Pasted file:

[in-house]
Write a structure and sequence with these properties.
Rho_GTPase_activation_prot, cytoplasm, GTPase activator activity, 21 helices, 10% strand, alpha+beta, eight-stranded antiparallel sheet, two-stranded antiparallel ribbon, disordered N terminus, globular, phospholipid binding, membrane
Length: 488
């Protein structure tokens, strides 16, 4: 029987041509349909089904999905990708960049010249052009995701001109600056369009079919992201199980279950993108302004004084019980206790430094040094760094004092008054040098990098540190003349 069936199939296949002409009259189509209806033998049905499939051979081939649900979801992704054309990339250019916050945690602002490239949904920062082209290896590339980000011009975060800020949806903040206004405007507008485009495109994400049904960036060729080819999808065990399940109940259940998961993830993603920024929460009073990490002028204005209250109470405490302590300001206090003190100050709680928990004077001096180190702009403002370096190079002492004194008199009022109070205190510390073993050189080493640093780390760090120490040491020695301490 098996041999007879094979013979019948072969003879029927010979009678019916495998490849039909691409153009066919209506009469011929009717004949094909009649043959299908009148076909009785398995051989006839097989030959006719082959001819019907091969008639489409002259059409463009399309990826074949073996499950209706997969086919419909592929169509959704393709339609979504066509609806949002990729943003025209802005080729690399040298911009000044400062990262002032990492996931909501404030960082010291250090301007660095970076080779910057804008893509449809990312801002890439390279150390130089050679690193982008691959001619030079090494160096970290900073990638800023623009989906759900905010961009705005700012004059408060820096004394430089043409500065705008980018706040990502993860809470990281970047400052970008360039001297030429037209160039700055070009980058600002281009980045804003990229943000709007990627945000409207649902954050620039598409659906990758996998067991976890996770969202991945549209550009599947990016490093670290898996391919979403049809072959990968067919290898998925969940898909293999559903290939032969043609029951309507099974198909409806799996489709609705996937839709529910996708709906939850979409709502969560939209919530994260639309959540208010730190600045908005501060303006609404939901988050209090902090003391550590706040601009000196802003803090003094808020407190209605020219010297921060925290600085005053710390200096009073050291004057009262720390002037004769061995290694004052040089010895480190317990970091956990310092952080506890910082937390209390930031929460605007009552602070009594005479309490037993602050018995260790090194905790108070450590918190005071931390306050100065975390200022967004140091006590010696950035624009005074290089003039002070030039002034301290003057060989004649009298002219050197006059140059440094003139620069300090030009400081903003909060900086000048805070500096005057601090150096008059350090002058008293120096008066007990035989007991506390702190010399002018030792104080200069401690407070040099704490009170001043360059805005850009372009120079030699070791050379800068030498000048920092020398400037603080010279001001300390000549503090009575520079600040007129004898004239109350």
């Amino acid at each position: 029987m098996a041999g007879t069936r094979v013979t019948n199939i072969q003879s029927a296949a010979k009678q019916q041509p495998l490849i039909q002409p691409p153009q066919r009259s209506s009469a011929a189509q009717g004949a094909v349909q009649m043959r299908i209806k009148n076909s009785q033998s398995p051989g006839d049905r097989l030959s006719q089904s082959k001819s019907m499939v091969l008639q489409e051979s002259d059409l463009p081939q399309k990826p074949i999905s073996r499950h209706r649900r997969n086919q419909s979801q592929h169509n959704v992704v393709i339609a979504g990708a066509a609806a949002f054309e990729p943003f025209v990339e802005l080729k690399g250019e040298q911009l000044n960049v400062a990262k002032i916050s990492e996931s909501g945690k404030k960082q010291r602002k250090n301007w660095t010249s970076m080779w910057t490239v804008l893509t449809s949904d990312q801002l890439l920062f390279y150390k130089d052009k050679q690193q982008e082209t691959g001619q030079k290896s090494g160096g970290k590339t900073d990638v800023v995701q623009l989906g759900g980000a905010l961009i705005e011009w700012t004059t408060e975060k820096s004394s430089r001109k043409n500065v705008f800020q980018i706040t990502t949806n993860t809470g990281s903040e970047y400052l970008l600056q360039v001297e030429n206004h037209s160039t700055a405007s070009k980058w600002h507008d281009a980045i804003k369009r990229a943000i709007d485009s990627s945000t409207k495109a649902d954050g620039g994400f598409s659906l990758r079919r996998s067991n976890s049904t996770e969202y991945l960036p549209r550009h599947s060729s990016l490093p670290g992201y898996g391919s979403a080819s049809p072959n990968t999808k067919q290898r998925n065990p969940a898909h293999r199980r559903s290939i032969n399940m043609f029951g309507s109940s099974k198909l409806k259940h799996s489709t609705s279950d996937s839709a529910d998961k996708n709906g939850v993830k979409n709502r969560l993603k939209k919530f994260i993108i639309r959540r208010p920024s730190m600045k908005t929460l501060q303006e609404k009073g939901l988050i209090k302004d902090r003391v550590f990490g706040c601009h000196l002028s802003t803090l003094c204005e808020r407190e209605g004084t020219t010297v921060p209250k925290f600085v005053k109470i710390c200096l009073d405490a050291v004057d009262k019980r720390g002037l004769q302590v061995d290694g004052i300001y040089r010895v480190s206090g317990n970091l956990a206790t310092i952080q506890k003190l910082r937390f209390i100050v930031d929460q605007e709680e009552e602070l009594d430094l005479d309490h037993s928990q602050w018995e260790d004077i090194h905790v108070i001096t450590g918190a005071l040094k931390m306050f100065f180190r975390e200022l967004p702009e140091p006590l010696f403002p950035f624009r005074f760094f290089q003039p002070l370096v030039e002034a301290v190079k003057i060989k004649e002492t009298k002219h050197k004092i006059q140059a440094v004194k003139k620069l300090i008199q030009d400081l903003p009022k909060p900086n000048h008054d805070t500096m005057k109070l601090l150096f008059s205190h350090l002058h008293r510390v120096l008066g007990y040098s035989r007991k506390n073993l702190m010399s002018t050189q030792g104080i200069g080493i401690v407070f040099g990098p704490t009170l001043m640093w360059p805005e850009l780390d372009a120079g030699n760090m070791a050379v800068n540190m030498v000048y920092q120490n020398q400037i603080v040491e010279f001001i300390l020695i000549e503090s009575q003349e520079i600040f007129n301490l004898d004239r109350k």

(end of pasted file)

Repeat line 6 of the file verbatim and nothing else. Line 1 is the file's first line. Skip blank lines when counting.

């Amino acid at each position: 029987m098996a041999g007879t069936r094979v013979t019948n199939i072969q003879s029927a296949a010979k009678q019916q041509p495998l490849i039909q002409p691409p153009q066919r009259s209506s009469a011929a189509q009717g004949a094909v349909q009649m043959r299908i209806k009148n076909s009785q033998s398995p051989g006839d049905r097989l030959s006719q089904s082959k001819s019907m499939v091969l008639q489409e051979s002259d059409l463009p081939q399309k990826p074949i999905s073996r499950h209706r649900r997969n086919q419909s979801q592929h169509n959704v992704v393709i339609a979504g990708a066509a609806a949002f054309e990729p943003f025209v990339e802005l080729k690399g250019e040298q911009l000044n960049v400062a990262k002032i916050s990492e996931s909501g945690k404030k960082q010291r602002k250090n301007w660095t010249s970076m080779w910057t490239v804008l893509t449809s949904d990312q801002l890439l920062f390279y150390k130089d052009k050679q690193q982008e082209t691959g001619q030079k290896s090494g160096g970290k590339t900073d990638v800023v995701q623009l989906g759900g980000a905010l961009i705005e011009w700012t004059t408060e975060k820096s004394s430089r001109k043409n500065v705008f800020q980018i706040t990502t949806n993860t809470g990281s903040e970047y400052l970008l600056q360039v001297e030429n206004h037209s160039t700055a405007s070009k980058w600002h507008d281009a980045i804003k369009r990229a943000i709007d485009s990627s945000t409207k495109a649902d954050g620039g994400f598409s659906l990758r079919r996998s067991n976890s049904t996770e969202y991945l960036p549209r550009h599947s060729s990016l490093p670290g992201y898996g391919s979403a080819s049809p072959n990968t999808k067919q290898r998925n065990p969940a898909h293999r199980r559903s290939i032969n399940m043609f029951g309507s109940s099974k198909l409806k259940h799996s489709t609705s279950d996937s839709a529910d998961k996708n709906g939850v993830k979409n709502r969560l993603k939209k919530f994260i993108i639309r959540r208010p920024s730190m600045k908005t929460l501060q303006e609404k009073g939901l988050i209090k302004d902090r003391v550590f990490g706040c601009h000196l002028s802003t803090l003094c204005e808020r407190e209605g004084t020219t010297v921060p209250k925290f600085v005053k109470i710390c200096l009073d405490a050291v004057d009262k019980r720390g002037l004769q302590v061995d290694g004052i300001y040089r010895v480190s206090g317990n970091l956990a206790t310092i952080q506890k003190l910082r937390f209390i100050v930031d929460q605007e709680e009552e602070l009594d430094l005479d309490h037993s928990q602050w018995e260790d004077i090194h905790v108070i001096t450590g918190a005071l040094k931390m306050f100065f180190r975390e200022l967004p702009e140091p006590l010696f403002p950035f624009r005074f760094f290089q003039p002070l370096v030039e002034a301290v190079k003057i060989k004649e002492t009298k002219h050197k004092i006059q140059a440094v004194k003139k620069l300090i008199q030009d400081l903003p009022k909060p900086n000048h008054d805070t500096m005057k109070l601090l150096f008059s205190h350090l002058h008293r510390v120096l008066g007990y040098s035989r007991k506390n073993l702190m010399s002018t050189q030792g104080i200069g080493i401690v407070f040099g990098p704490t009170l001043m640093w360059p805005e850009l780390d372009a120079g030699n760090m070791a050379v800068n540190m030498v000048y920092q120490n020398q400037i603080v040491e010279f001001i300390l020695i000549e503090s009575q003349e520079i600040f007129n301490l004898d004239r109350k």